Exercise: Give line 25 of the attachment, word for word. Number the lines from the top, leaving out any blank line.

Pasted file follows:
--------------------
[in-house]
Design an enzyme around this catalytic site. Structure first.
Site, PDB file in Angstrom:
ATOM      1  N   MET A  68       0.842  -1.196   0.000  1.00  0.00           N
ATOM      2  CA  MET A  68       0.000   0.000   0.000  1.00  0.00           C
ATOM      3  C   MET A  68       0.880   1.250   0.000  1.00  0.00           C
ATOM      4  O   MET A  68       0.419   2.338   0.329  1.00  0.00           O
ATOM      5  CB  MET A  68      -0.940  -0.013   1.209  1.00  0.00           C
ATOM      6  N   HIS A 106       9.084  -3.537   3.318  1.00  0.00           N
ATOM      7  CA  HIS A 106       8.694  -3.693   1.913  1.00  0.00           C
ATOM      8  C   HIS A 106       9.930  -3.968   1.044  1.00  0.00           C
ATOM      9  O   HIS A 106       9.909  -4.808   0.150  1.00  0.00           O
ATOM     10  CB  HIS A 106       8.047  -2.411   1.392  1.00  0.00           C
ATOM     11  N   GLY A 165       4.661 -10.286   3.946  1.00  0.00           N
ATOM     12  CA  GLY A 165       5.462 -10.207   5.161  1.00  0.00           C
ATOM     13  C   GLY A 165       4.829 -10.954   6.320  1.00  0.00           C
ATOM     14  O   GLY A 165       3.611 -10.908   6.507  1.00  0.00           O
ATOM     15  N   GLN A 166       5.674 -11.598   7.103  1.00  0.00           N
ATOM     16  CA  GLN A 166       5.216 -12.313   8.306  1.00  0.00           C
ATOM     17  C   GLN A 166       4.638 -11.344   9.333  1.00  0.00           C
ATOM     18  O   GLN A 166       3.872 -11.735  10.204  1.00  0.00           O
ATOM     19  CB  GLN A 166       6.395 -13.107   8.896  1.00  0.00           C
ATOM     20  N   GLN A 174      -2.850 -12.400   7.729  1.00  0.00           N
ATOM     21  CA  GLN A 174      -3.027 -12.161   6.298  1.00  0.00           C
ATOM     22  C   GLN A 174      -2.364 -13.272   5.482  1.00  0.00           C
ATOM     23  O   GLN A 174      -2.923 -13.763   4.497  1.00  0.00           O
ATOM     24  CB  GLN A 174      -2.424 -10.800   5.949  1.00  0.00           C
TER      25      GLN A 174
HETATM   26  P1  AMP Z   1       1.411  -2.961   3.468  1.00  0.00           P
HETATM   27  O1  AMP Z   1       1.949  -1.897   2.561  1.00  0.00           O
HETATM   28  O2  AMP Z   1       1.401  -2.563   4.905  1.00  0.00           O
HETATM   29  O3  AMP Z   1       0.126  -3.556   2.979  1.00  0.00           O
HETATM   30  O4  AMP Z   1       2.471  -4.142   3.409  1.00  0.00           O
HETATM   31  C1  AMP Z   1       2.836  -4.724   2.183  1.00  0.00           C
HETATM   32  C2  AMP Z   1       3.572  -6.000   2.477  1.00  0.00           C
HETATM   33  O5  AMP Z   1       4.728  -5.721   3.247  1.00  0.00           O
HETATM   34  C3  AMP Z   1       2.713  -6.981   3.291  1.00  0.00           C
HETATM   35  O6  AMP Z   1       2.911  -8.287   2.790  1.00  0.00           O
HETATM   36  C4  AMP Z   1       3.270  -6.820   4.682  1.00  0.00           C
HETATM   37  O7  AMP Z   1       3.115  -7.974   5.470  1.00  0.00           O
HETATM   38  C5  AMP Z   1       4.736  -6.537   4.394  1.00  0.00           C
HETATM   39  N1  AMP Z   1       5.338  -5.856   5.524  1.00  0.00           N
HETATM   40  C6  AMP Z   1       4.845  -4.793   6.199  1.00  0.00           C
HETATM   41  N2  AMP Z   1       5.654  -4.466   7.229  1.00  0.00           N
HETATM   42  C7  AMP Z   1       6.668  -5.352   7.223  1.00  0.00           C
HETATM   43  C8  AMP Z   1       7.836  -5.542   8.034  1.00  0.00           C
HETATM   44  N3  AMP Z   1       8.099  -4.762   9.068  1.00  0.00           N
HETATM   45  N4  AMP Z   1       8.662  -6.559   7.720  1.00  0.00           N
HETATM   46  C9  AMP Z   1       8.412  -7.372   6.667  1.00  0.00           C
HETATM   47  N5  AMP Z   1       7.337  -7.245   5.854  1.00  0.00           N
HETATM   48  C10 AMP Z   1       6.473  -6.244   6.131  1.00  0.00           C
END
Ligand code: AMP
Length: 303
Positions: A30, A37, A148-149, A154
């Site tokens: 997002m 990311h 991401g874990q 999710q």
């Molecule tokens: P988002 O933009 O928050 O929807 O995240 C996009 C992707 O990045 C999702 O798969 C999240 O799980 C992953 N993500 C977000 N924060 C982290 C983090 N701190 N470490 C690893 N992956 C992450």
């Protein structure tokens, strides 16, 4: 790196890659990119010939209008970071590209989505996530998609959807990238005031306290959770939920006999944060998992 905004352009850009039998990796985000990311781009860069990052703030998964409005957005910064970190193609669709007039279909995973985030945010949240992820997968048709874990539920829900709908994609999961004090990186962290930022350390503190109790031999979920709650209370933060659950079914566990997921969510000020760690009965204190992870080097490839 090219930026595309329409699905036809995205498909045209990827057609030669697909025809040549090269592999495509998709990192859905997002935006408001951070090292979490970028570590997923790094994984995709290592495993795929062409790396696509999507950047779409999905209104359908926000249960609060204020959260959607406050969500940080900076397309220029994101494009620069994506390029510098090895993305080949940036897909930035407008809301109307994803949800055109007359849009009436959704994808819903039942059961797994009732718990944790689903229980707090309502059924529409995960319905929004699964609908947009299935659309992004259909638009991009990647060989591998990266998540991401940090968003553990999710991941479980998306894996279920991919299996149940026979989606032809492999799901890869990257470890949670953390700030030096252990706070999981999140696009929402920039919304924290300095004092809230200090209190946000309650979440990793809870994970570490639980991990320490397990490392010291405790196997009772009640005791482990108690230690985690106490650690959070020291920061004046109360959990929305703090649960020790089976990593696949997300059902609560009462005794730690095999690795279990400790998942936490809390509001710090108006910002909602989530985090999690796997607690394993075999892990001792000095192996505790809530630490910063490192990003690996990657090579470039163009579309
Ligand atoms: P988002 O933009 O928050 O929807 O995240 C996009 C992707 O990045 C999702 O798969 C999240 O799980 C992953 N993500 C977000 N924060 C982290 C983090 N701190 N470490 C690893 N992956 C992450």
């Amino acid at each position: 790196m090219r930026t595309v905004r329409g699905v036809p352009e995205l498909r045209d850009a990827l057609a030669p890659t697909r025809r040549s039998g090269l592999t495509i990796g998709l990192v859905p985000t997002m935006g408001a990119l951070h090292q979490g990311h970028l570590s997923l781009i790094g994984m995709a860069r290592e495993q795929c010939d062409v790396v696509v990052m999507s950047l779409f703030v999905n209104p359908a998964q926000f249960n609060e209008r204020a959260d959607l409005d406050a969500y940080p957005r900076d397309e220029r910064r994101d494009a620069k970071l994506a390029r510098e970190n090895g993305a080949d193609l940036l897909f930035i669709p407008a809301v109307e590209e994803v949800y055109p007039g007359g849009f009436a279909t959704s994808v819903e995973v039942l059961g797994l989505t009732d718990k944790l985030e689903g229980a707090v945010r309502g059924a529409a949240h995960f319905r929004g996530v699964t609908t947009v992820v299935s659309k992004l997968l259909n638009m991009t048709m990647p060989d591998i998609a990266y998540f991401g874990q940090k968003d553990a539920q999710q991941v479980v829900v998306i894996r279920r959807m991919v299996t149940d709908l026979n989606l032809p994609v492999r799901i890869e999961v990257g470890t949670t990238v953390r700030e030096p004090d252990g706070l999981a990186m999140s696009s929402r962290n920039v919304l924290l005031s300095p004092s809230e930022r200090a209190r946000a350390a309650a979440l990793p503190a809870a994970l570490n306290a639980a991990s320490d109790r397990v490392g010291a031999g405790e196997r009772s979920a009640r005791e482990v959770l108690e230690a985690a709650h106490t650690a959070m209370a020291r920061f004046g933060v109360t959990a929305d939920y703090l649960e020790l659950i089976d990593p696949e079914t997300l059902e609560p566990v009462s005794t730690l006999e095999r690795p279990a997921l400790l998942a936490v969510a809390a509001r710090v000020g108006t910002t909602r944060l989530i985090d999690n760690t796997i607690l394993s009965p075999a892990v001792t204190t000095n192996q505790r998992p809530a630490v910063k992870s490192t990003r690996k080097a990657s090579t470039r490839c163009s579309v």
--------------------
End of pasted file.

ATOM     22  C   GLN A 174      -2.364 -13.272   5.482  1.00  0.00           C